Are you writing hyphens in the wrong way?

Writing with hyphens can be tricky business. 

As with the word was, hyphens is another Achilles heel. Sometimes I sprinkle hyphens about like scattering rose petals at a wedding. Too many!

  Even some of the grammar programs disagree. But if you’ve ever published an ebook you’ll see what I mean. And a strayed hyphen can get left behind in print books too.

Hyphens can throw off the formatting until the reader becomes confused as to the meaning of the word. Don’t make the reader turn back pages to figure out what’s happening. 

So what to do with compound words?

Hyphen or not to hyphen that is the question.


And the answer can be found in a terrific article by Connie J. Jasperson which is filled with lots of do’s, don’ts and tips. Plus, she provides extensive words to remember. This is a definite bookmark.

What did I learn about using hyphens?

  • Even when using “made up” words, tread carefully.
    • Don’t use unless your make-believe world will explode without it. (Oops)
  • Single words and don’t need a hyphen.
  • Only use a hyphen to ensure the meaning of a word.
    • Like, roundup as in a rodeo, or round up as in a review or the next highest round number
  • Some compounds are improvised to fulfill a specific need.
  • There are permanent compounds and temporary compounds. (Who knew.)
  • When in doubt leave it out. Unless…
    • Your intended meaning is clear without the hyphen, leave it out.
  • Add special words and names to your manuscript style sheet.
    • Especially made up words.
    • This will help ensure consistency in your manuscript.
  • Oh, and a hyphen is not an En dash or an Em dash.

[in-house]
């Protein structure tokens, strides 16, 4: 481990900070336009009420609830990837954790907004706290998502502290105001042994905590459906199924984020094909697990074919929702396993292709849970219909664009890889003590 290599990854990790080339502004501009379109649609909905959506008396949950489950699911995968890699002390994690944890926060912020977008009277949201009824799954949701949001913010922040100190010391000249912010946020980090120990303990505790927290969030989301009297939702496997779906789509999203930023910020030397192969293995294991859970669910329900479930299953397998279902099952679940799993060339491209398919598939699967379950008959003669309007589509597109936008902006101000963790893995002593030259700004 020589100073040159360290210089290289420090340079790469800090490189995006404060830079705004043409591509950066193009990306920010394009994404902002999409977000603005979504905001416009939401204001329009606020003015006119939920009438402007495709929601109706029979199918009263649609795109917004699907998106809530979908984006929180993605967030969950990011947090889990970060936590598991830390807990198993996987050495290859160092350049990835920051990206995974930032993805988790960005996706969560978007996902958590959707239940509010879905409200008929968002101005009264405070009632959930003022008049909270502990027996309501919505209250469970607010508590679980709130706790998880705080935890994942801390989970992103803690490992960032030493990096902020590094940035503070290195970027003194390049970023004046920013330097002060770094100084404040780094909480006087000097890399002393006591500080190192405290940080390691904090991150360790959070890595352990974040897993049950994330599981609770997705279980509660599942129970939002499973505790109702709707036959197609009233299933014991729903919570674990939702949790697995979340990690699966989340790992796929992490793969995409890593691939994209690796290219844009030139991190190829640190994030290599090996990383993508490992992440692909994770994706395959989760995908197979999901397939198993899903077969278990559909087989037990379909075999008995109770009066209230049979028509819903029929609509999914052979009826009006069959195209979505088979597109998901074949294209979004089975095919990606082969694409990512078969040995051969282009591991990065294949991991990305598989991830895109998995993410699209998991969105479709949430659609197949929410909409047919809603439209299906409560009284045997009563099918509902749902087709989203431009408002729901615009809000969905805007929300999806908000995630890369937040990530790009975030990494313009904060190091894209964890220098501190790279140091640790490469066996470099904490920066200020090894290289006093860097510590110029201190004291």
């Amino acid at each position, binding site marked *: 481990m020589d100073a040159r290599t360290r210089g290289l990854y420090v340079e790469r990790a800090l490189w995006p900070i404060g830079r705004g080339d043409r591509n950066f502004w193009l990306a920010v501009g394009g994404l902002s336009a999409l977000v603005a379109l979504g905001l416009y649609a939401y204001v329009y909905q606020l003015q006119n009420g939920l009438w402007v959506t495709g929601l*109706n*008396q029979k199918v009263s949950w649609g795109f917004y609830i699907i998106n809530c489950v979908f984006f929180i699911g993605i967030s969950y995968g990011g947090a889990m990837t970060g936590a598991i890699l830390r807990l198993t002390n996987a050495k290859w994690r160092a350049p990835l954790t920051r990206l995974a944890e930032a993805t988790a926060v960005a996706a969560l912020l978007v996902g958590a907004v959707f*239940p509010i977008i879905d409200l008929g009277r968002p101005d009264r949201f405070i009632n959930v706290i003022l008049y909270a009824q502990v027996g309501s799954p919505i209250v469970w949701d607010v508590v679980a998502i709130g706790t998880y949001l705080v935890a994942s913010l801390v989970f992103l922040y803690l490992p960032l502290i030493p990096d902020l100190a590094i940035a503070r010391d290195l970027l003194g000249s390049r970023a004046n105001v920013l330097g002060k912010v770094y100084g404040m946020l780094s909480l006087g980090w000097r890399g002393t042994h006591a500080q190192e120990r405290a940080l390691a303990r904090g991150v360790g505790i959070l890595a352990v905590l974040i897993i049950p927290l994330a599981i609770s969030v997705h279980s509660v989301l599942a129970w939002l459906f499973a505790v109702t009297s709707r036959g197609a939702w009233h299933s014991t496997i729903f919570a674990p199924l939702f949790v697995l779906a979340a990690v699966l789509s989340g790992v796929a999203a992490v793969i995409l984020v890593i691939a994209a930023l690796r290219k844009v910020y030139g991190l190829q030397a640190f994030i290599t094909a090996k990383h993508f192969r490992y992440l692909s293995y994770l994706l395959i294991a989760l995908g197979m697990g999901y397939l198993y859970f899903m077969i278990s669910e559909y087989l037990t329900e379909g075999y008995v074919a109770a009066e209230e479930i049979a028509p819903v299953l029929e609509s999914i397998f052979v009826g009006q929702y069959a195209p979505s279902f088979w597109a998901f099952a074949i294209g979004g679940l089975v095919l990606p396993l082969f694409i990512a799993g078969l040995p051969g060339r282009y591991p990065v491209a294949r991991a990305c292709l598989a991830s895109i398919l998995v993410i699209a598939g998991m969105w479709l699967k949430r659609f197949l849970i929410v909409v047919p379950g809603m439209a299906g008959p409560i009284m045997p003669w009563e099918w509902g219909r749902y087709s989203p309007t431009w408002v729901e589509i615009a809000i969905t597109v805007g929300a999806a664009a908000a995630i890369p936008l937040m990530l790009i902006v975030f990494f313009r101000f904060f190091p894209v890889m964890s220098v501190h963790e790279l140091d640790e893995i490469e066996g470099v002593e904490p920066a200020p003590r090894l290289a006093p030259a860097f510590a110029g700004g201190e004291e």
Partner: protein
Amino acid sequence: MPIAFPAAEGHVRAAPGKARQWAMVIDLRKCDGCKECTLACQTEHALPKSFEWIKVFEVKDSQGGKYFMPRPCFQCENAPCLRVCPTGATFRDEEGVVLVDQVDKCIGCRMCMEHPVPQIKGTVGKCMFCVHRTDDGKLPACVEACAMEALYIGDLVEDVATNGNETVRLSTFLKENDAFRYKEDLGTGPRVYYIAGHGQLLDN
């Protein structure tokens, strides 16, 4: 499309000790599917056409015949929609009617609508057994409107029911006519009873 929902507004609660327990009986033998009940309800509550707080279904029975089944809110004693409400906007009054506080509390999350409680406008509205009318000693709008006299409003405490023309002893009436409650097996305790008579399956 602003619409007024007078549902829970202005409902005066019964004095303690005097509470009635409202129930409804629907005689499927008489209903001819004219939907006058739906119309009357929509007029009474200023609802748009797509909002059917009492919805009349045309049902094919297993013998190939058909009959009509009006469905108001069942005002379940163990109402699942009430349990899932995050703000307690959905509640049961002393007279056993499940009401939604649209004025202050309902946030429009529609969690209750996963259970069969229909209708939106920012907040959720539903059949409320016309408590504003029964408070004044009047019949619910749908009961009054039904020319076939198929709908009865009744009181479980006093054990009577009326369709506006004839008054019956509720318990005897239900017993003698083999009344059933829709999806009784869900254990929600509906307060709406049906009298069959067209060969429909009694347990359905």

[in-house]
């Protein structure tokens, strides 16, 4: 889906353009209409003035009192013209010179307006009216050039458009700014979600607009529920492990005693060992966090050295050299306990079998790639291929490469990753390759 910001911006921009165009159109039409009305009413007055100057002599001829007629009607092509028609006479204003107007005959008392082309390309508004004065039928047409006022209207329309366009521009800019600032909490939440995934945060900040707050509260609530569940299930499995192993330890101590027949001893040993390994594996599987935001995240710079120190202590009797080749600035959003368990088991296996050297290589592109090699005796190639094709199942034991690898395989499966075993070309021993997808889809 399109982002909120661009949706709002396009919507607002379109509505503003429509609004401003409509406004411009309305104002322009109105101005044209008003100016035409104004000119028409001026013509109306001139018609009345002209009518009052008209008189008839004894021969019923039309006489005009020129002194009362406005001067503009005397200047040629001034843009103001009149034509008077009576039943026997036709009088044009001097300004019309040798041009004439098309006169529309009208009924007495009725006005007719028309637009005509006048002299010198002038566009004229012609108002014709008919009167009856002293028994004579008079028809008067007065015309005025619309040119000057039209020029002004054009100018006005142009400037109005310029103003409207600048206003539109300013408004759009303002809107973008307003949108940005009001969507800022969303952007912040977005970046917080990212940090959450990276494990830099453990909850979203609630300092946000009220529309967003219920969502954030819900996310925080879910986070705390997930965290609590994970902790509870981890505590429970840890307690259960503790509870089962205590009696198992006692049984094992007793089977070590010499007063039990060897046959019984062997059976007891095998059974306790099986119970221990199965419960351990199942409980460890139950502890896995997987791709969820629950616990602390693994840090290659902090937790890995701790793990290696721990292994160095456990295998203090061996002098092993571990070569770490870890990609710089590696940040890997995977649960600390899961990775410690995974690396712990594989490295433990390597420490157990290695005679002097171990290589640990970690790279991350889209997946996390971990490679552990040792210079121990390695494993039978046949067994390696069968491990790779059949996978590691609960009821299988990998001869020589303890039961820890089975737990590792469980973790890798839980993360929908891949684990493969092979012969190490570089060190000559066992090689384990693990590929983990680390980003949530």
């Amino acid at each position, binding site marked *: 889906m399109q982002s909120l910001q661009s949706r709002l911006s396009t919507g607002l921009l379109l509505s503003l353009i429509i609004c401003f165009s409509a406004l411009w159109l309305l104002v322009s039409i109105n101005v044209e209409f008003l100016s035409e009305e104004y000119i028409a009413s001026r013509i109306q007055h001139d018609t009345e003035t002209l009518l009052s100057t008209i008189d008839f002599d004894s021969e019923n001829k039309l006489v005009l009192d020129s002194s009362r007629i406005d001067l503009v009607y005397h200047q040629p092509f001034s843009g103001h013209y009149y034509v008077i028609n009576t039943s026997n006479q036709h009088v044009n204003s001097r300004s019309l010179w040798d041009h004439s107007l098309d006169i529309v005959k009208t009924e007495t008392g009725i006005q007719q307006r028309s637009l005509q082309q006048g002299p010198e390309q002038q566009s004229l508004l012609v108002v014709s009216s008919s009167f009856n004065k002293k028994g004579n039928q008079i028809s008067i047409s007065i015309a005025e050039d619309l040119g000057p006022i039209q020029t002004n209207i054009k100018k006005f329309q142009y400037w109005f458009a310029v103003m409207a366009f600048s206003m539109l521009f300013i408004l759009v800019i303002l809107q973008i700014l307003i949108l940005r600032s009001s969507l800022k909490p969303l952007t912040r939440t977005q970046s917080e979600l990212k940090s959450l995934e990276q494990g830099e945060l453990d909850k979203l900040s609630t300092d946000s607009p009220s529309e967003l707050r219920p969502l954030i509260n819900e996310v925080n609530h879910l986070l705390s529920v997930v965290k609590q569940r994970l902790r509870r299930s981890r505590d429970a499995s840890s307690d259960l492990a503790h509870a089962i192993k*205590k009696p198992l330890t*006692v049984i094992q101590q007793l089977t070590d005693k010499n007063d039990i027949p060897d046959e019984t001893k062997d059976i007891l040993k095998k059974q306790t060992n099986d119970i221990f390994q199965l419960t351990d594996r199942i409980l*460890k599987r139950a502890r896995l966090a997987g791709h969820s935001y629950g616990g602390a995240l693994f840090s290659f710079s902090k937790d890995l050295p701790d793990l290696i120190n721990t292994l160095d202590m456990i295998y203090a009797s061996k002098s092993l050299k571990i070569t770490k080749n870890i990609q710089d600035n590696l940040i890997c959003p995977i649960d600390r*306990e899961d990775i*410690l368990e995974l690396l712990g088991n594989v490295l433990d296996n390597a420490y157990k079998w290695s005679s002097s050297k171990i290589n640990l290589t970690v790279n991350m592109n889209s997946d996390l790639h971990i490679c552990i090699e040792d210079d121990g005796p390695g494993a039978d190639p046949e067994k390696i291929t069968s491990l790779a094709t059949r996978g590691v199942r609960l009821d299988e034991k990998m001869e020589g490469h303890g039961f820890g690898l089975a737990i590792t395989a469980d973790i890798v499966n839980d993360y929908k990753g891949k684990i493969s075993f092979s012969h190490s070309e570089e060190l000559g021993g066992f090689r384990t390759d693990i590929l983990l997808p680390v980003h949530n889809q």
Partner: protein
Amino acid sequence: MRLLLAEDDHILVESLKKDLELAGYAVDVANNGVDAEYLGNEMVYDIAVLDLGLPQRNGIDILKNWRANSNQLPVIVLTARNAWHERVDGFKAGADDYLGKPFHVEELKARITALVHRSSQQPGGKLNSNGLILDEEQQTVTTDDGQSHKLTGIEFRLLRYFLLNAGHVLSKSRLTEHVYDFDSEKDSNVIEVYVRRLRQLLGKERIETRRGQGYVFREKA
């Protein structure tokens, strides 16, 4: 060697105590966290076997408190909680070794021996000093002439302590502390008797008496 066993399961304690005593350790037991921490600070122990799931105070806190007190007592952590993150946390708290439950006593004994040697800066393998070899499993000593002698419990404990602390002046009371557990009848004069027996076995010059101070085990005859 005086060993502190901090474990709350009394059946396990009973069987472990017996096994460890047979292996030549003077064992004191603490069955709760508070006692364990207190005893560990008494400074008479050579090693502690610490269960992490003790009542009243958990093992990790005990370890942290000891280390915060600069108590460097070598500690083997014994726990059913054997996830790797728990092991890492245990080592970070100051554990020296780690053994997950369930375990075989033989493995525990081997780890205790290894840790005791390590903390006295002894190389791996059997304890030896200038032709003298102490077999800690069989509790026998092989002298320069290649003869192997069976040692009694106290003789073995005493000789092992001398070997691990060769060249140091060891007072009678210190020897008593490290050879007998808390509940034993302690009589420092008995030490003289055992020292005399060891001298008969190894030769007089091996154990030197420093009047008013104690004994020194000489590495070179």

So much is packed in her article, I encourage you to click on her link and read the entire thing.

Hyphens #amwriting By Connie J. Jasperson 


Do you use hyphens Willie-Nillie?

What do you think?

Is this all old stuff to you?


Keep reading, here is another article on using this little devil.

The Punctuation Guide, Hyphen





Name Your Critique Group

The good, bad and ugly of a critique group.

She did it again, provided a wealth of information for writers. So, I just had to pass on these great tips. Click here to read Anne R. Allen’s blog, posted Sunday, August 3, 2014 where she explains the good, bad and ugly of critique groups. Awarded by Writer’s Digest in 2013 as one of the Best Websites for Writers, she never fails to deliver great insight and timely information.

Sometimes we don’t get to pick what type of group is available in our area. Don’t let that discourage you from becoming involved.

As Ms. Allen writes, if you know how to read between the lines, you can benefit from a critique group.

'Young woman sitting on the floor and typing, ...She describes ten groups, and how to glean the best from each leaving a better writer.

Have you ever been crushed by #5) The Punctuation Police?

Ever sat down with a red face after your story was cut to ribbons by #10) The Vicious Circle?

Or wonder how on earth you’d fit in with #4) The Poetry Slam?

Ms. Allen’s post is filled with tips on what to ignore, how to read between the lines and best of all how to come away a better writer.

Read and find out where does your group fall.

I hope y’all enjoy reading her post as much as I did.

Happy writing.

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